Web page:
Glasgow-based artist and musician Lea Cummingsâ€™ first solo exhibition is bright, vibrant, but somewhat vacuous â€“ which may well be the point, says Paul F Cockburn.
Given the rumbustious, often destructive (and usually site-specific) nature of much of ‘transcendental noise artist’ Lea Cumming's work, it’s hardly surprising that he has not enjoyed the level of critical exposure which tends to accompany gallery-based public exhibitions. This first solo exhibition in Glasgow’s Project Ability Gallery is, therefore, significant even though it only gives a glimpse of some aspects of his work.
The exhibition at Project Ability is down to the support Cummings received from Unlimited 2014 for a year-long studio project to “explore the spiritual aspects of physical reality, ritual performance and the role of human beings within the universe”.
According to the introductory information, Cummings’ intention was to “create the development of an experience that transports audiences into a mystical, magical place outside daily reality.”
Apart from one video – ‘Temple of Kovorox Sound’ is partly an explanation of his chosen subject matter, partly a distracting video montage in its own right – and two installations, which use movement and vibration to bring the seemingly dead to ‘life’ – the majority of his work here are images created on paper using coloured pens.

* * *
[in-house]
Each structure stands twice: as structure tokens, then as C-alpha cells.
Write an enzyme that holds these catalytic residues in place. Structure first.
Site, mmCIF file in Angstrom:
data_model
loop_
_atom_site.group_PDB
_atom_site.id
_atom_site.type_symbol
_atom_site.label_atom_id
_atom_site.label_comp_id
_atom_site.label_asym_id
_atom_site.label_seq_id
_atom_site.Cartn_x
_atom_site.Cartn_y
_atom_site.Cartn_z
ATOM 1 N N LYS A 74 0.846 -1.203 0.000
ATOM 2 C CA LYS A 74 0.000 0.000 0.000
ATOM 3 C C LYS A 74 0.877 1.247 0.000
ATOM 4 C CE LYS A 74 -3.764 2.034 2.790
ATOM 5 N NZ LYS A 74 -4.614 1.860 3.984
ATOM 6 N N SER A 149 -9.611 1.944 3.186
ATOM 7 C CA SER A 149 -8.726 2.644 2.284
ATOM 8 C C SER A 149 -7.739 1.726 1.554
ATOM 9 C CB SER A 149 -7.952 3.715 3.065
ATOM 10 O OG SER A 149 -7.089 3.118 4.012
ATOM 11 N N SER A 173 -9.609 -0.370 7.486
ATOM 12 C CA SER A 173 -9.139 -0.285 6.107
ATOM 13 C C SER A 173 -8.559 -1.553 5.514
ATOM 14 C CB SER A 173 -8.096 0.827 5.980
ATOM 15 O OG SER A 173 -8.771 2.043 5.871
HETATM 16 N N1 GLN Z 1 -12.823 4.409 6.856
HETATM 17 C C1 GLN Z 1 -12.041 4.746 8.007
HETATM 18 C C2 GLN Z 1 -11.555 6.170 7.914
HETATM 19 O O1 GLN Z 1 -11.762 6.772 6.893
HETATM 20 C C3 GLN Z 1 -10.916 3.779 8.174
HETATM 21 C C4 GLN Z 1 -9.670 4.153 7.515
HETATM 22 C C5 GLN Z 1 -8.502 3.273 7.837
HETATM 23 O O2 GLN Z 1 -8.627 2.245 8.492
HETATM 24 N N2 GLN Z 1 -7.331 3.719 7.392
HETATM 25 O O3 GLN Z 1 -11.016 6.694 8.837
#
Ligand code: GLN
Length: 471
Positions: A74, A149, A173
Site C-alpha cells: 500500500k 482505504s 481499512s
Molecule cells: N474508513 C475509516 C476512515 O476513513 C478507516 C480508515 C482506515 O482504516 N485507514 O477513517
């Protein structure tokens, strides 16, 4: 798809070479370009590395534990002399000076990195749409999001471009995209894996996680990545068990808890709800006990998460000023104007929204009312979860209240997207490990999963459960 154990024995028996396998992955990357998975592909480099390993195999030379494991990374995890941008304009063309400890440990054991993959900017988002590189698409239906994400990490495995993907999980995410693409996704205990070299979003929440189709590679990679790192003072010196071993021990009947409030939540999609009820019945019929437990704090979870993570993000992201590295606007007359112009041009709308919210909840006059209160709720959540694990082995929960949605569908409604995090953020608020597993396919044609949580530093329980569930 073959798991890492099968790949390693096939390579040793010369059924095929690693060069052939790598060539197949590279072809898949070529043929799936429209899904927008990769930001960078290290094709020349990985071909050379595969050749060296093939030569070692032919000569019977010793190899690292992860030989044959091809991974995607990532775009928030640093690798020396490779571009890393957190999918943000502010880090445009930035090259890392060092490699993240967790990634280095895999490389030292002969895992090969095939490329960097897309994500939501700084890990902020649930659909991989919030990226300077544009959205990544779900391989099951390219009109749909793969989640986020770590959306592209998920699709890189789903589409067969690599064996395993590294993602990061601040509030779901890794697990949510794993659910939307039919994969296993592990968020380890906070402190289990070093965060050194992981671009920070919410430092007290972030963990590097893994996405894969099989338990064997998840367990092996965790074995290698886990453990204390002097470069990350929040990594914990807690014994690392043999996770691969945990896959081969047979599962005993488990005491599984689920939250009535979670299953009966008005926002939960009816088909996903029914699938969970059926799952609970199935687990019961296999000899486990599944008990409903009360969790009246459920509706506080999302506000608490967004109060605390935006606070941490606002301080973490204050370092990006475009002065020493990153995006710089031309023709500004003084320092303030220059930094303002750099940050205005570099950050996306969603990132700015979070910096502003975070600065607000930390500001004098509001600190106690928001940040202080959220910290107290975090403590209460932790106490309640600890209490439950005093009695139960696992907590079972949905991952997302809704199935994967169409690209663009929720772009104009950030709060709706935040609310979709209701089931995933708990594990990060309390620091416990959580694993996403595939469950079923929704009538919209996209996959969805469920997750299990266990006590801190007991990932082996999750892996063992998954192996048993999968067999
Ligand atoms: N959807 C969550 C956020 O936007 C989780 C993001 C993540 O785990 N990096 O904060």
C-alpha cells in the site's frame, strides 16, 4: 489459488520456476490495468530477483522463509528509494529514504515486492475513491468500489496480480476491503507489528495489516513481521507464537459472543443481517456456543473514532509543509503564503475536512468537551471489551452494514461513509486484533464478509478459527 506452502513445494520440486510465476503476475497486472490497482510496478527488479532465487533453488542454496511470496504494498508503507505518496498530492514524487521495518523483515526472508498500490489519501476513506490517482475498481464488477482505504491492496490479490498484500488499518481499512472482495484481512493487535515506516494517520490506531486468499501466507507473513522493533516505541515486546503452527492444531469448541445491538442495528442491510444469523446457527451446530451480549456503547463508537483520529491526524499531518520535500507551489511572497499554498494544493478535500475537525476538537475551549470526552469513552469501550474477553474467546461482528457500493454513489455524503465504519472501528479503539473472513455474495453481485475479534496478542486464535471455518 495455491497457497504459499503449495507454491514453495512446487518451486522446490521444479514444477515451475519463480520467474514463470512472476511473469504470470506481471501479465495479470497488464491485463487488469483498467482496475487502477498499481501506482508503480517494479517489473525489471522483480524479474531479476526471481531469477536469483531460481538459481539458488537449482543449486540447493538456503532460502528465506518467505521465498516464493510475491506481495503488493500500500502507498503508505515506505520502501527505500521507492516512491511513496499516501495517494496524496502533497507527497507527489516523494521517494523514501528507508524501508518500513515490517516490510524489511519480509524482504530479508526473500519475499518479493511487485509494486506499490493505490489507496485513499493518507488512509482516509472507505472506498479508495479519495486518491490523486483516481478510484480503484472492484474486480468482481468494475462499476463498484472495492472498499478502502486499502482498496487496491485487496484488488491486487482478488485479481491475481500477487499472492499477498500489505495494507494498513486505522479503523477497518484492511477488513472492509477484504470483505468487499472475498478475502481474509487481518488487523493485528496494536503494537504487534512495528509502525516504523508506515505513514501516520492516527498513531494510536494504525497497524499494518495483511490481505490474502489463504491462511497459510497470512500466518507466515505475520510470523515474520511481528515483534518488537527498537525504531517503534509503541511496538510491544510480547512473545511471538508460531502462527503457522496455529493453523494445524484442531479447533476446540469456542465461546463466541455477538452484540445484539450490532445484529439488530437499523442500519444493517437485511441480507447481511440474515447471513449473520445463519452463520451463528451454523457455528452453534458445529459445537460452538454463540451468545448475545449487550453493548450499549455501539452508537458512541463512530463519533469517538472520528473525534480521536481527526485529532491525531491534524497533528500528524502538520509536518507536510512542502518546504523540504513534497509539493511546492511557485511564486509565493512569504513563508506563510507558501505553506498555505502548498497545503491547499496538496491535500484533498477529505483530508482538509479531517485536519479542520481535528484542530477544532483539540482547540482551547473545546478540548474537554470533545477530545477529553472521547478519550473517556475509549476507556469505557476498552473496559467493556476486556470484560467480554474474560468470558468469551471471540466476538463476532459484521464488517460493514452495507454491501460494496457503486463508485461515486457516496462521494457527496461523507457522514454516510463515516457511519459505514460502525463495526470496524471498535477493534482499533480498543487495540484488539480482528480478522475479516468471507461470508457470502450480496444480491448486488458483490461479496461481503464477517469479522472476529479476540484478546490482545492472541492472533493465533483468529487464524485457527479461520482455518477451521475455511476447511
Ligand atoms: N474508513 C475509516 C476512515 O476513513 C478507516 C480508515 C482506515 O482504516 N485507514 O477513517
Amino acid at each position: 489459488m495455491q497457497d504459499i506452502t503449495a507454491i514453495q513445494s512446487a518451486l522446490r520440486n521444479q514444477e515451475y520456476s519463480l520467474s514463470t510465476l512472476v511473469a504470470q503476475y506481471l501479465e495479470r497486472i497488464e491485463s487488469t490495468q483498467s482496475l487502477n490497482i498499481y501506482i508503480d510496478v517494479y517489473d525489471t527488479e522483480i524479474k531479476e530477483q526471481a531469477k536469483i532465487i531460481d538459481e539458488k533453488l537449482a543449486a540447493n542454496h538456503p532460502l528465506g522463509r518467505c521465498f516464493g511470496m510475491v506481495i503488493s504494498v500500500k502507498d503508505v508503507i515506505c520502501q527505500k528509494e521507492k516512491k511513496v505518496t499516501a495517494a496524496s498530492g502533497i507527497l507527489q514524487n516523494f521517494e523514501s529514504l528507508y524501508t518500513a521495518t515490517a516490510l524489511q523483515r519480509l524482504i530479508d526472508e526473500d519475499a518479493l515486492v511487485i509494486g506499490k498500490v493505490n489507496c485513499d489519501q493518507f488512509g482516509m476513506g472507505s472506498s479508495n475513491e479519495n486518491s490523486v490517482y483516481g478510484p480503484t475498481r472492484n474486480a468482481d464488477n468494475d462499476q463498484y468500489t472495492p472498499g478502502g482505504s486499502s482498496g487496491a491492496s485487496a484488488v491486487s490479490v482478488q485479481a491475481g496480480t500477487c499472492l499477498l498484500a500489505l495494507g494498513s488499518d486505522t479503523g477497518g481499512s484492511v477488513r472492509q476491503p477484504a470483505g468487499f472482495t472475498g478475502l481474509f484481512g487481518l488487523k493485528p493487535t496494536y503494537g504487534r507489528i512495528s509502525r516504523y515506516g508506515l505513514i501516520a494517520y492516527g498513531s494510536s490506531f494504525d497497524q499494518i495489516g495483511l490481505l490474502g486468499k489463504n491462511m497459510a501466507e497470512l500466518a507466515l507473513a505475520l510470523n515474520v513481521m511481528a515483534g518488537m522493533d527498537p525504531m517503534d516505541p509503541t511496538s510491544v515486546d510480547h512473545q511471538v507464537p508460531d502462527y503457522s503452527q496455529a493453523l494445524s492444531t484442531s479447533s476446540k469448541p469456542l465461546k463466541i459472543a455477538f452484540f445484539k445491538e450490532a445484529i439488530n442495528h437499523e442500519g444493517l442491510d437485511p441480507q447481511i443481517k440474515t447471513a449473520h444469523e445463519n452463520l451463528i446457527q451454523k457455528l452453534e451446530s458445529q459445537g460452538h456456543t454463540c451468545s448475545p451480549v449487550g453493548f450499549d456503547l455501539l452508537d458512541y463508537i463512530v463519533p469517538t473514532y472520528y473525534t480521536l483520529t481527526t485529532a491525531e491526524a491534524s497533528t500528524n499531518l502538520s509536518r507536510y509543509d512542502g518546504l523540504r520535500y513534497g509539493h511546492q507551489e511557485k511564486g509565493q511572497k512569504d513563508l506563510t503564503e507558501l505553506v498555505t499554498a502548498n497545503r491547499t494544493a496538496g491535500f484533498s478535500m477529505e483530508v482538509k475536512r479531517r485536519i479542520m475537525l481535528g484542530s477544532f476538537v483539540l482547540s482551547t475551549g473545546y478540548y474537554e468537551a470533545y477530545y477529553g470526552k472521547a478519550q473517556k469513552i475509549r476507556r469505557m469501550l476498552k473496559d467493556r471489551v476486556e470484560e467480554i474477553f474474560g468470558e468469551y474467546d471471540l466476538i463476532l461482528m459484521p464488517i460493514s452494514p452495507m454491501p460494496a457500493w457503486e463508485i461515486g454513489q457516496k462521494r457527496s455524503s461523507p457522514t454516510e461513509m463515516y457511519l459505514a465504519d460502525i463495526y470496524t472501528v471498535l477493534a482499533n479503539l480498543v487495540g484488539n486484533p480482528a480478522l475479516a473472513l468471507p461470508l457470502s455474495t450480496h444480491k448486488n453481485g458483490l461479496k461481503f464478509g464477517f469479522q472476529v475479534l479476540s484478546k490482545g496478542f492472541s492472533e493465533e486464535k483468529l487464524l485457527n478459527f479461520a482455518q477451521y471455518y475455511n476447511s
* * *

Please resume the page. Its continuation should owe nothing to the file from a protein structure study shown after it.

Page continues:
Though Cummings might argue against the term ‘created’; these, he tells us, are drawn with as little conscious intent as possible. “I have no plan except to fill the blank sheet of paper using the pens,” he says. “I try to keep my mind blank when working on them so as not to corrupt the flow of images.”
The results are bright, gaudy, eye-watering; a miasma of swirling lines, circles, triangles, boxes, jagged shapes and patterns – some of which the observer must work hard not to interpret as three dimensional. Because that level of interpretation is ultimately a dead-end; created with as little conscious thought possible, it’s surely best to view them in the same manner, to simply drink in the colours and shapes.
Many of these works are A2 in size, although others are smaller; eight roughly-A4 drawings are displayed in a row, each remaining isolated within its own bland framing. This contrasts with a 15-piece work titled ‘Lifeforce’, consisting of 15 A4 drawings hung tightly together in three rows of five.
The conscious mind looks initially for continuations and continuity between one drawing and the next, but there isn’t any beyond certain repetitions of colours and patterns, and a wider geometry of shapes across the whole piece. Again, it is a work perhaps best taken in slowly, without too much thought.
To what extent the creation of these “transmissions from the human subconscious” (as Cummings terms them) enables the artist to “tap into the universal energy field and express its forms and patterns” is, of course, debatable.
In certain works you can see patterns of dots and textures, which appear to reference Aboriginal Art; whether these signify the great unwashed human subconscious breaking through, or are simply an unconscious appropriation on Cummings part (that’s then given meaning in hindsight), is delightfully uncertain. Certainly, the viewer is left somewhat dazed afterwards.